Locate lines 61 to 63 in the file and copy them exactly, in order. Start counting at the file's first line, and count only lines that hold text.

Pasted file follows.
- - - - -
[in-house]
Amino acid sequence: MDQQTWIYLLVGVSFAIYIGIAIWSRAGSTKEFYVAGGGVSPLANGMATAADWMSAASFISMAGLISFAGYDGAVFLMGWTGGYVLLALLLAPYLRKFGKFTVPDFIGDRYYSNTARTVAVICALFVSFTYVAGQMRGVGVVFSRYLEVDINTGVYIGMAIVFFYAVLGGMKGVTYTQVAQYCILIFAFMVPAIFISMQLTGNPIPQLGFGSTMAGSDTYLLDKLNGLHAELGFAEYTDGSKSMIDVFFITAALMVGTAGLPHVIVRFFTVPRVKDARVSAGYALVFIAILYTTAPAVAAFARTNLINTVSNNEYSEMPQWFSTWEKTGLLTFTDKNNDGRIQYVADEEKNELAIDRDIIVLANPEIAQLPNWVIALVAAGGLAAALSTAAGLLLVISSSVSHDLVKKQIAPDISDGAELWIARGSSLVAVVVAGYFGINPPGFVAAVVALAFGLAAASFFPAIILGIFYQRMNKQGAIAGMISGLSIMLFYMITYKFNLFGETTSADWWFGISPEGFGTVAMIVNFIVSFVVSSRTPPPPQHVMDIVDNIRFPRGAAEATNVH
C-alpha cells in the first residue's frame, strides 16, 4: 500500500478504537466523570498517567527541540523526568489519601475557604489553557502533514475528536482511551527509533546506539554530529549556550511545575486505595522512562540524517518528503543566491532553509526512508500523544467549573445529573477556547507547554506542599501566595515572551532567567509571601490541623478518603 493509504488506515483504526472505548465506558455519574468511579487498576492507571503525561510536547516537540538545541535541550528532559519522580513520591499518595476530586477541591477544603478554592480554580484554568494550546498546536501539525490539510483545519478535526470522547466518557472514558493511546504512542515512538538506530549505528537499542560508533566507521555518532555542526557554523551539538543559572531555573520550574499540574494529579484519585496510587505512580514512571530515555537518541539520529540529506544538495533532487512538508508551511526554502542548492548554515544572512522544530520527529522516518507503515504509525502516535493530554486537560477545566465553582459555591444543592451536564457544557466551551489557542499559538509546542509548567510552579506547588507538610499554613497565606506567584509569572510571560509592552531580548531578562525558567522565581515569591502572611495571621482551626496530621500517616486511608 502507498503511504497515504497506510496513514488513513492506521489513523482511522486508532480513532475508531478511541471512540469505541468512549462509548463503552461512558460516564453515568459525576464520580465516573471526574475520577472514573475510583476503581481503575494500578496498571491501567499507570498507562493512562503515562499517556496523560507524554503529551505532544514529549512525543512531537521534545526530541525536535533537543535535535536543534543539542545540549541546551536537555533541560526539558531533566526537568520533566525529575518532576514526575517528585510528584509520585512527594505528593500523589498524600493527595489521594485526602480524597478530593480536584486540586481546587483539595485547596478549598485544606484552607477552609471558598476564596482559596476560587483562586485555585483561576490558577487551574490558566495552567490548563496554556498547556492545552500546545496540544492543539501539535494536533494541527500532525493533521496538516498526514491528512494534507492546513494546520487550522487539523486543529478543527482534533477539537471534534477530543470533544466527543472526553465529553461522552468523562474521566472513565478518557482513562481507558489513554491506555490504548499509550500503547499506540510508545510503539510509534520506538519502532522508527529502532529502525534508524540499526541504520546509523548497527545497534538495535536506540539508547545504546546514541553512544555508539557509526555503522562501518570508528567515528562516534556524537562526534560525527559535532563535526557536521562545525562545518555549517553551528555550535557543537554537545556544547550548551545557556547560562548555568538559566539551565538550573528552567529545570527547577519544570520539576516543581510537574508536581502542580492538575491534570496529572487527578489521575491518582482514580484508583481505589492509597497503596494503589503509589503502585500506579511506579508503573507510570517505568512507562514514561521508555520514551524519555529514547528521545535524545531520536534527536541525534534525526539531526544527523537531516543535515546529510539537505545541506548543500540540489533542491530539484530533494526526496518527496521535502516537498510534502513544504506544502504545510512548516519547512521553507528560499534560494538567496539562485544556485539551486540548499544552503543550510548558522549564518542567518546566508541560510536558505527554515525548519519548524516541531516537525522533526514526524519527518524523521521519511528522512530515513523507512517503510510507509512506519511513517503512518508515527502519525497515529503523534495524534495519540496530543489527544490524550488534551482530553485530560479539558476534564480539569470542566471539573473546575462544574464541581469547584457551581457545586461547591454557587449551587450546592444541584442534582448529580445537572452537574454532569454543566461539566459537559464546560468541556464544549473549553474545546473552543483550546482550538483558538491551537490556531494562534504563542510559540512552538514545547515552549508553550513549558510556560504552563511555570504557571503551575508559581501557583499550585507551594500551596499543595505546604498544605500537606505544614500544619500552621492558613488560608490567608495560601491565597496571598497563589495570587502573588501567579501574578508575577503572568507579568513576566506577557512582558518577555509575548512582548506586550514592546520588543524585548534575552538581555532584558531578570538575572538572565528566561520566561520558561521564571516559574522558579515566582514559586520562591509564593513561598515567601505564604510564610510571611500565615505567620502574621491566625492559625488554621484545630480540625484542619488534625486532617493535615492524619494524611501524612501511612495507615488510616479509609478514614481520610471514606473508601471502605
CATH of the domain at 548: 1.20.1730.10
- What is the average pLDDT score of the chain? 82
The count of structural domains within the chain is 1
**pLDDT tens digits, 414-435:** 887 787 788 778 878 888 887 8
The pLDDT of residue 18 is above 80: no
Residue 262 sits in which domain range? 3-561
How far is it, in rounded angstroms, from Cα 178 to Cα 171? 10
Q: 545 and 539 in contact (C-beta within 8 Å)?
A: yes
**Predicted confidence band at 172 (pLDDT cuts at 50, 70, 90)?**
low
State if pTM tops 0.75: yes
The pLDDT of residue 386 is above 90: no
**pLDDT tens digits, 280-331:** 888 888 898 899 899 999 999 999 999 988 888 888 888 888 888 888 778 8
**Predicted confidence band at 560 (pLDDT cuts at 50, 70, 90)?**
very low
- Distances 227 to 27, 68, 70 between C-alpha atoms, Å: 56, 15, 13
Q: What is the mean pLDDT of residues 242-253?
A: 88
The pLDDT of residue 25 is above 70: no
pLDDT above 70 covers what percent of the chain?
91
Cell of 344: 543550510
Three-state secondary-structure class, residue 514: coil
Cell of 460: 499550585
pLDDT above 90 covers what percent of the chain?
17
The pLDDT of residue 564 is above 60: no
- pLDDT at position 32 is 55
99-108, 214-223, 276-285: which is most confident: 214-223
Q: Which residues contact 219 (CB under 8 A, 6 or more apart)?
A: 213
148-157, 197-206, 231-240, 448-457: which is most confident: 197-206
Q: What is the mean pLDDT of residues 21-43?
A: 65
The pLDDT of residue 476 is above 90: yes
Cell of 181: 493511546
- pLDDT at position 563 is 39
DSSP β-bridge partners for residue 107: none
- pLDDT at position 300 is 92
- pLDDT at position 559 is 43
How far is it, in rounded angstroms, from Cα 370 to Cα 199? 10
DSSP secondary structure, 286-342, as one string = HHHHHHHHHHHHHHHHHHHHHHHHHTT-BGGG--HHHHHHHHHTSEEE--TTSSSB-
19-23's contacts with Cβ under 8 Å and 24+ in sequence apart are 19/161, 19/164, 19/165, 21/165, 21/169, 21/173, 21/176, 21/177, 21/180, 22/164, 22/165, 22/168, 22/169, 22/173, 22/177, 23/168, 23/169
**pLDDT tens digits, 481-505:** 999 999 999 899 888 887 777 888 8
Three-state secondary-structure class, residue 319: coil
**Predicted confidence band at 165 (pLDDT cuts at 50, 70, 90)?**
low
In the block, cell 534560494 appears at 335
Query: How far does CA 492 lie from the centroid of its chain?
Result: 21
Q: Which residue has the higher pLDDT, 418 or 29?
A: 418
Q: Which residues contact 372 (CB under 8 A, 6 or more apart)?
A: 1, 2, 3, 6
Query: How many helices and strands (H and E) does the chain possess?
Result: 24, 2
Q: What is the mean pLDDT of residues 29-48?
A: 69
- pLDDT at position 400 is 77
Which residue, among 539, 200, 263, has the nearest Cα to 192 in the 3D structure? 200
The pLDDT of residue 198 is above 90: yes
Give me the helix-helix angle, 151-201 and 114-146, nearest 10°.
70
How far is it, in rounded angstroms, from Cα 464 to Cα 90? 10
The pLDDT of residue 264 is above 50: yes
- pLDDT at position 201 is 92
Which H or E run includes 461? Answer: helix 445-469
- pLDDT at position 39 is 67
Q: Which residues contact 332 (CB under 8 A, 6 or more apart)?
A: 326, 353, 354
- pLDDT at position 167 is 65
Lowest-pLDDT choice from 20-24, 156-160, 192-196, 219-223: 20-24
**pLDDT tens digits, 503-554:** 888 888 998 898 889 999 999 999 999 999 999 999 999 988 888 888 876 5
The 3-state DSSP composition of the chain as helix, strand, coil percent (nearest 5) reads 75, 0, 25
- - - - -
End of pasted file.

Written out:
Q: What is the mean pLDDT of residues 29-48?
A: 69
- pLDDT at position 400 is 77